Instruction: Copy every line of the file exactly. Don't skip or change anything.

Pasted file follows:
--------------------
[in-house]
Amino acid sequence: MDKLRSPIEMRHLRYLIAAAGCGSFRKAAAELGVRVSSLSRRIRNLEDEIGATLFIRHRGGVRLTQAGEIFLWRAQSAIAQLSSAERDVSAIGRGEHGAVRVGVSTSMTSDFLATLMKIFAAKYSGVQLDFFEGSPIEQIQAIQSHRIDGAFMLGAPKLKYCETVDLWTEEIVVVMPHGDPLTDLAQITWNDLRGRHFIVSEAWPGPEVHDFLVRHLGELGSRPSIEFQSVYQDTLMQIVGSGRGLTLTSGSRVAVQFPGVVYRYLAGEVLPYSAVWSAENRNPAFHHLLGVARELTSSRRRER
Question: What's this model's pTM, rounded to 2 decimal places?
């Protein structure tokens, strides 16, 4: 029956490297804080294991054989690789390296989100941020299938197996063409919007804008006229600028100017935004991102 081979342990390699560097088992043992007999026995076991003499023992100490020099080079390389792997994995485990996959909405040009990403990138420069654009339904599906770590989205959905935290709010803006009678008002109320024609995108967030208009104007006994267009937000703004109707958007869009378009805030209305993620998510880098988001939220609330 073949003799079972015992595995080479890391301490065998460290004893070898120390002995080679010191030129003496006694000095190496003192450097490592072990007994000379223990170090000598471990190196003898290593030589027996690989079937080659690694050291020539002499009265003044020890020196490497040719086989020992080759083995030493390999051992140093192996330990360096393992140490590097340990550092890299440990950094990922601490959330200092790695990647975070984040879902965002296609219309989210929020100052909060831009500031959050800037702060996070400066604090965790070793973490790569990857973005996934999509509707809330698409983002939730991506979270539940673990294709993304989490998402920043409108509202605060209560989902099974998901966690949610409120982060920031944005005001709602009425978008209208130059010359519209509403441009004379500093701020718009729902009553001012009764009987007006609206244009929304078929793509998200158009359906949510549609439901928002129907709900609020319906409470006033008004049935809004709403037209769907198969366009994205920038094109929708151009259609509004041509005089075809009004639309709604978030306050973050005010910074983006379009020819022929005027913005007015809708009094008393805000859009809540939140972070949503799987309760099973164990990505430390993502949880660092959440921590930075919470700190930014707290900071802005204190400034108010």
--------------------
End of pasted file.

[in-house]
Amino acid sequence: MDKLRSPIEMRHLRYLIAAAGCGSFRKAAAELGVRVSSLSRRIRNLEDEIGATLFIRHRGGVRLTQAGEIFLWRAQSAIAQLSSAERDVSAIGRGEHGAVRVGVSTSMTSDFLATLMKIFAAKYSGVQLDFFEGSPIEQIQAIQSHRIDGAFMLGAPKLKYCETVDLWTEEIVVVMPHGDPLTDLAQITWNDLRGRHFIVSEAWPGPEVHDFLVRHLGELGSRPSIEFQSVYQDTLMQIVGSGRGLTLTSGSRVAVQFPGVVYRYLAGEVLPYSAVWSAENRNPAFHHLLGVARELTSSRRRER
Question: What's this model's pTM, rounded to 2 decimal places?
């Protein structure tokens, strides 16, 4: 029956490297804080294991054989690789390296989100941020299938197996063409919007804008006229600028100017935004991102 081979342990390699560097088992043992007999026995076991003499023992100490020099080079390389792997994995485990996959909405040009990403990138420069654009339904599906770590989205959905935290709010803006009678008002109320024609995108967030208009104007006994267009937000703004109707958007869009378009805030209305993620998510880098988001939220609330 073949003799079972015992595995080479890391301490065998460290004893070898120390002995080679010191030129003496006694000095190496003192450097490592072990007994000379223990170090000598471990190196003898290593030589027996690989079937080659690694050291020539002499009265003044020890020196490497040719086989020992080759083995030493390999051992140093192996330990360096393992140490590097340990550092890299440990950094990922601490959330200092790695990647975070984040879902965002296609219309989210929020100052909060831009500031959050800037702060996070400066604090965790070793973490790569990857973005996934999509509707809330698409983002939730991506979270539940673990294709993304989490998402920043409108509202605060209560989902099974998901966690949610409120982060920031944005005001709602009425978008209208130059010359519209509403441009004379500093701020718009729902009553001012009764009987007006609206244009929304078929793509998200158009359906949510549609439901928002129907709900609020319906409470006033008004049935809004709403037209769907198969366009994205920038094109929708151009259609509004041509005089075809009004639309709604978030306050973050005010910074983006379009020819022929005027913005007015809708009094008393805000859009809540939140972070949503799987309760099973164990990505430390993502949880660092959440921590930075919470700190930014707290900071802005204190400034108010």